5. 60-65k is a HUGE number and I’m amazed you can do that each year, especially since you said your hubby’s salary isn’t that much. Did I read all that right? It can get overwhelming I think looking at charts and graphs and seeing big numbers still, so when and if that happens, just take things slowly and day by day. Each good decision is a dent in that debt.


    • Yep, that’s right, Tonya. At least I don’t think $2,400/month is that much. My net is more than double that. Our debt repayment so far this year is averaging 54% of our net income, including income of $460/mth of side hustle income for renting a room in our basement. We spend about $5,150/ mth on expenses, but this includes $550 of business expenses. 5K/mth seems like a lot though so I need to go commando on that.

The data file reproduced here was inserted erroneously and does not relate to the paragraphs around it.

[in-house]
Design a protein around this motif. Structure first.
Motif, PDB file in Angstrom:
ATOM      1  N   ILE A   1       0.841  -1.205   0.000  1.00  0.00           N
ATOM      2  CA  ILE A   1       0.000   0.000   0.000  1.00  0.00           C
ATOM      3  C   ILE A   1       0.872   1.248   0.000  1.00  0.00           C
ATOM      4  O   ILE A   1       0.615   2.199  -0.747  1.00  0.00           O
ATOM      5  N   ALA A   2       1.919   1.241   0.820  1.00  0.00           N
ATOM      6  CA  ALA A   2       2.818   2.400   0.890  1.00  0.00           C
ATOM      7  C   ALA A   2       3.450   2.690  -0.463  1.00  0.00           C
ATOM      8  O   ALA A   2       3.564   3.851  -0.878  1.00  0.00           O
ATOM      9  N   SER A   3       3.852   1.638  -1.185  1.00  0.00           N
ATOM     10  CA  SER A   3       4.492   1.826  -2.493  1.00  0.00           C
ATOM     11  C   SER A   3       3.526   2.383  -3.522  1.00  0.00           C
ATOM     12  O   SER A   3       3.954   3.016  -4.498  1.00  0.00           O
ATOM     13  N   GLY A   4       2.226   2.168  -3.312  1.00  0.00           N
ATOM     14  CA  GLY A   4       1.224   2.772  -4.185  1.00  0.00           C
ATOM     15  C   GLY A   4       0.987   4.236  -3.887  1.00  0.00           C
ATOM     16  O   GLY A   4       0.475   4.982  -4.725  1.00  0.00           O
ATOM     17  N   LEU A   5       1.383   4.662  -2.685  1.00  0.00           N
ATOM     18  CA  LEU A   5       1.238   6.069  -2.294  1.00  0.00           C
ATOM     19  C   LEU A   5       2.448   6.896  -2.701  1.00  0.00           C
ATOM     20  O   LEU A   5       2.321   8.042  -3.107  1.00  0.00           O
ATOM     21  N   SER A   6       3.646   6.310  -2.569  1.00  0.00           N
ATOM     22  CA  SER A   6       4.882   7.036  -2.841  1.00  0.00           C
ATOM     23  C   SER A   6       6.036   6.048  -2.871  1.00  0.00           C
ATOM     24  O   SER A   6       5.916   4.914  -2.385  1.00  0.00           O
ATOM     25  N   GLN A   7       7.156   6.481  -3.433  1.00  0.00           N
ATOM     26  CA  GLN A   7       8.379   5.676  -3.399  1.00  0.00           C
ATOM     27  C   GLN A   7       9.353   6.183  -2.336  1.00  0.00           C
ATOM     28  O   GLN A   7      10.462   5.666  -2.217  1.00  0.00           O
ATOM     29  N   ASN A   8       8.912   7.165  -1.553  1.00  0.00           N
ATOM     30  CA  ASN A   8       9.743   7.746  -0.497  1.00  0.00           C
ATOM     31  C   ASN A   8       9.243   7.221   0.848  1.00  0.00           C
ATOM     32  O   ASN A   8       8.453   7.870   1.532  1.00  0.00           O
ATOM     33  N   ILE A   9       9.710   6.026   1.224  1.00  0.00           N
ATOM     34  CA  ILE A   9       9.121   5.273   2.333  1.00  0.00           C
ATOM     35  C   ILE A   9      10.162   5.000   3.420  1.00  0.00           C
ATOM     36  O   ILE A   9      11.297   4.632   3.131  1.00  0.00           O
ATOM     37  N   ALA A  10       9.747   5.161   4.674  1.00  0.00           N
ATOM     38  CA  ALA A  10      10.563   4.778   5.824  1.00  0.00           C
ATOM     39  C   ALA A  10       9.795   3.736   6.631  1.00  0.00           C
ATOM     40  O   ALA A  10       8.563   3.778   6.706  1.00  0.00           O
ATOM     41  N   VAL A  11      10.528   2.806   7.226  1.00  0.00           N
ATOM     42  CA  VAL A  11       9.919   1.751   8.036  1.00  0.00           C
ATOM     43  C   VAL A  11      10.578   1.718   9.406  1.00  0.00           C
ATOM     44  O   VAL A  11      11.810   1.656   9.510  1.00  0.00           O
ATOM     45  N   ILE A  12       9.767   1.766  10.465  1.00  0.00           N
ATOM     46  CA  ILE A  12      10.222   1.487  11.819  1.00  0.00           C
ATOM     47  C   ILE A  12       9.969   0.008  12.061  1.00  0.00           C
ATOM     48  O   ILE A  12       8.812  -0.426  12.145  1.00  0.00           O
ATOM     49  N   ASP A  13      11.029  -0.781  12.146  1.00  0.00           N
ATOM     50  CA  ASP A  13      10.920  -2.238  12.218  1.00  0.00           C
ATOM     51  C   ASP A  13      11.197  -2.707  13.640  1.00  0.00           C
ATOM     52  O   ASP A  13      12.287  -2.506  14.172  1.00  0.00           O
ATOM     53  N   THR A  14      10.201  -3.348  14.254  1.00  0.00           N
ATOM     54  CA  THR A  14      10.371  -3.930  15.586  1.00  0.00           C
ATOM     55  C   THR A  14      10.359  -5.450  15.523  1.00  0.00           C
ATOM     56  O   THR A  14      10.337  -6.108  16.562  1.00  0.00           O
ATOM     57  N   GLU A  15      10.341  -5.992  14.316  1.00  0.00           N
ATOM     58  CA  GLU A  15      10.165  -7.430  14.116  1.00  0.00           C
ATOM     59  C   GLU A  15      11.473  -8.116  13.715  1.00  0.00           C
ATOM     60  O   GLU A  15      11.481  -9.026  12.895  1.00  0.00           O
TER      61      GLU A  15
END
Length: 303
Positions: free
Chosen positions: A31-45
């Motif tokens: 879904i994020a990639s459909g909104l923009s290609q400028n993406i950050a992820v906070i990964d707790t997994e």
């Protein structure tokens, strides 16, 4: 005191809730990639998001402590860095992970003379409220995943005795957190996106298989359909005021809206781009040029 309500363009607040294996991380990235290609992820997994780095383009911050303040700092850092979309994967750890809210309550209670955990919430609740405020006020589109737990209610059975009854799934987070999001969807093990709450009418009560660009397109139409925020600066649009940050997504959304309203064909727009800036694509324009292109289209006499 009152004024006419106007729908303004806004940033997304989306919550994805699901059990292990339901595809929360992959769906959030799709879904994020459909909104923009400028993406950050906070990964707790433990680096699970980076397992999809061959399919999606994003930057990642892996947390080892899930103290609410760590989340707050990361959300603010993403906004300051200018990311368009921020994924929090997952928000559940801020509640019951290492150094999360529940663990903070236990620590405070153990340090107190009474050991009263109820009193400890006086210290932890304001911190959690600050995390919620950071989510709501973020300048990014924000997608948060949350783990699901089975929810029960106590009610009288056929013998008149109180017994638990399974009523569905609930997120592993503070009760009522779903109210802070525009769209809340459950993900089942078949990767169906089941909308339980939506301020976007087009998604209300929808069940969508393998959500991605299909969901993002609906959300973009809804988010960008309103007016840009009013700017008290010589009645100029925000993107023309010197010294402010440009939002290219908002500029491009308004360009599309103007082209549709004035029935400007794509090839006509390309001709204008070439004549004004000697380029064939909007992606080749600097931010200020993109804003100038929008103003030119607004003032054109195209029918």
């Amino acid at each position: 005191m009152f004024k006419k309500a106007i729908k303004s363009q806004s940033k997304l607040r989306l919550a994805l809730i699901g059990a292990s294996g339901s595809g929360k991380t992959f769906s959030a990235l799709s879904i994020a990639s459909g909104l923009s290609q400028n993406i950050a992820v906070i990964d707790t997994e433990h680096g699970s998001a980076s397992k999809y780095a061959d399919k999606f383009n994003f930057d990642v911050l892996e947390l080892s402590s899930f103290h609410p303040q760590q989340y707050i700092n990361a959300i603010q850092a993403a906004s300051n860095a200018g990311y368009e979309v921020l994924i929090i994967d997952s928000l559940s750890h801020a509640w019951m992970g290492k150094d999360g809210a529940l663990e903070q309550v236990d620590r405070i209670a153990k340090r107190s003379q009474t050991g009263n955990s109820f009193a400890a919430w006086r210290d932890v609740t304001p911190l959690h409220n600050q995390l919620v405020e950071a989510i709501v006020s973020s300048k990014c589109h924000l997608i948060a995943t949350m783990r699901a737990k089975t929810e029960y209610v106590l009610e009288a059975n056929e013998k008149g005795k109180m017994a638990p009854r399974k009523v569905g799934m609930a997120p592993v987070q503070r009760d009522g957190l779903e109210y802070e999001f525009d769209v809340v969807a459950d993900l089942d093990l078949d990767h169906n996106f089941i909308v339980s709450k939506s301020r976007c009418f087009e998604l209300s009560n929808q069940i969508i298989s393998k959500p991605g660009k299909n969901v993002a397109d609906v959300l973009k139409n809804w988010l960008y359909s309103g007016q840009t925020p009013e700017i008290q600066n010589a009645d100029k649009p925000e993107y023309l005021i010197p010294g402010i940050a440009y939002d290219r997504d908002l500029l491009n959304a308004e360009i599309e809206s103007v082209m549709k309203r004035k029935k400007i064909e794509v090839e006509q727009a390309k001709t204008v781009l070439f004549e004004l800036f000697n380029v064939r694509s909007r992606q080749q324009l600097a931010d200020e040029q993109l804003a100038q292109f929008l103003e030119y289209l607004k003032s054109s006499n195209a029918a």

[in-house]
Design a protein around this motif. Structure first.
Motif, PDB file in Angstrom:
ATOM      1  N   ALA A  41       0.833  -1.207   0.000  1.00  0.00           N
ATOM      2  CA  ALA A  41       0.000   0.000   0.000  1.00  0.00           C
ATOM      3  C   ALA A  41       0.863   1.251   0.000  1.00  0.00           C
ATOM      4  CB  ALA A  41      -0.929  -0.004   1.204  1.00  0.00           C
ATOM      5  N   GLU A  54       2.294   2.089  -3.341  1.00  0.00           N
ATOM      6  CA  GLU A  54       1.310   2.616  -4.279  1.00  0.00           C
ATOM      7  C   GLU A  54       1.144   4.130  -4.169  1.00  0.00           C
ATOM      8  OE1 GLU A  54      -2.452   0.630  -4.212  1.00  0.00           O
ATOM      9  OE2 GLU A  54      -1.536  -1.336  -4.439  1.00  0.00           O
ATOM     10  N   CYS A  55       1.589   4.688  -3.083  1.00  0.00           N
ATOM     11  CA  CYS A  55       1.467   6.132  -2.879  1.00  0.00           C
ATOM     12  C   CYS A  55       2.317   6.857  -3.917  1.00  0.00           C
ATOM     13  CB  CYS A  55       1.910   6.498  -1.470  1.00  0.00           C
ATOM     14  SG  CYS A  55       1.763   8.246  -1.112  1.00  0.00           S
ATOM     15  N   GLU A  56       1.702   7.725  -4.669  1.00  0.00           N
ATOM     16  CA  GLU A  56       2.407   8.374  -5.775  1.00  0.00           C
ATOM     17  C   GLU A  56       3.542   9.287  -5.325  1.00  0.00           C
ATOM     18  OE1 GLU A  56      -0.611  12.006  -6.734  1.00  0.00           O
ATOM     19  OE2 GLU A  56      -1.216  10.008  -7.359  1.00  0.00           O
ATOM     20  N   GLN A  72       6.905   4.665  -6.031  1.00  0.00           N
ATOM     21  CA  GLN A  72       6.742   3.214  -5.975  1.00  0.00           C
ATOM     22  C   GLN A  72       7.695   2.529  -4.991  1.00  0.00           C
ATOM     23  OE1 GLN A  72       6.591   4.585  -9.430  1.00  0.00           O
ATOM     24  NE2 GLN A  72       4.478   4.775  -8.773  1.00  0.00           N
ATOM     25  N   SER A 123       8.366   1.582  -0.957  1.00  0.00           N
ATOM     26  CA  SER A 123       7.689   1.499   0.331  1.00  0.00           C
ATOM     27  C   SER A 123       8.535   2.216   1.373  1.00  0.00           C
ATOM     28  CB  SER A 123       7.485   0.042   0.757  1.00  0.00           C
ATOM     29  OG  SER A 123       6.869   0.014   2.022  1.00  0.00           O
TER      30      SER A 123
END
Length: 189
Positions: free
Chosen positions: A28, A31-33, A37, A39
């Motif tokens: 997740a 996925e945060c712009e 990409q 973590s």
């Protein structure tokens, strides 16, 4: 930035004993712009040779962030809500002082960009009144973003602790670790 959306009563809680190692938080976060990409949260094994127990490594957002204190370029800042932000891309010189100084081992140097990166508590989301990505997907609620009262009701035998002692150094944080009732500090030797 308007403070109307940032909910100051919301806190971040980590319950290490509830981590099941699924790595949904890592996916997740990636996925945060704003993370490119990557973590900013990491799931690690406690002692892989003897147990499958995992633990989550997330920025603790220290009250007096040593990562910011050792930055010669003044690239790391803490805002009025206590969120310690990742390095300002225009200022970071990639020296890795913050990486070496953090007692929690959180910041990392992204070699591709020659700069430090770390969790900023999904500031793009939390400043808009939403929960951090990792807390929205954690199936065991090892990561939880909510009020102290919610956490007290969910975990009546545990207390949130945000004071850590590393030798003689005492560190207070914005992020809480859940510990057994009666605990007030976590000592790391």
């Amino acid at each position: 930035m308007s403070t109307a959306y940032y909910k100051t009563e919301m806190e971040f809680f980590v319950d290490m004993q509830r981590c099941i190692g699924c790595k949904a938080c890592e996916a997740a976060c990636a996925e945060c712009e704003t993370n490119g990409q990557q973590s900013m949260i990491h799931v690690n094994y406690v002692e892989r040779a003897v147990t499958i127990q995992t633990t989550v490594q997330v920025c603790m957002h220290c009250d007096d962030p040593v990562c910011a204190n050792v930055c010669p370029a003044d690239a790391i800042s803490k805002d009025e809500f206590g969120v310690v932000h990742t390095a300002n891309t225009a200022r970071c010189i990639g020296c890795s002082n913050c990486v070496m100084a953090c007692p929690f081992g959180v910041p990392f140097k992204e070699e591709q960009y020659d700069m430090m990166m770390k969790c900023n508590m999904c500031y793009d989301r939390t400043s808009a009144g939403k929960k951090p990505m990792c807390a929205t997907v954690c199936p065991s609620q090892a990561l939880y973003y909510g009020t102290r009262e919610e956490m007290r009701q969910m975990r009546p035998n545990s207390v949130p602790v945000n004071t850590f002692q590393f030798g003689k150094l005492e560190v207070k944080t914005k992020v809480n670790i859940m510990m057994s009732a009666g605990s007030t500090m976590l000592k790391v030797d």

6. I admire that you are taking the tough road and paying your debt off in this manner. Many people with your amount of debt would just declare bankruptcy. Of course they would mess up their credit and probably not learn any of the lessons that you are learning. You’ve been doing great and I wish you continued success on your journey to debt freedom.


    • Thanks, Raquel. Sometimes I have thought that bankruptcy would be so much less stressful. But I don’t even know if it would be an option for us. We have a fair bit of investments and also value in our home. I think I’ve heard that they cannot touch your home but I don’t know much about bankruptcy. To be honest, I didn’t look into it much. I just feel it’s our responsibility to make things right, even though the banks and credit card companies have done well off the amount of interest we paid them previous to rolling it into our mortgage! It’s all very emotional, but instead of focusing on my career as primary bread winner, I should have also been looking at the finances, because I’m pretty sure I would not have let it get to how bad it got. Live and learn! That’s why I want to get my message out.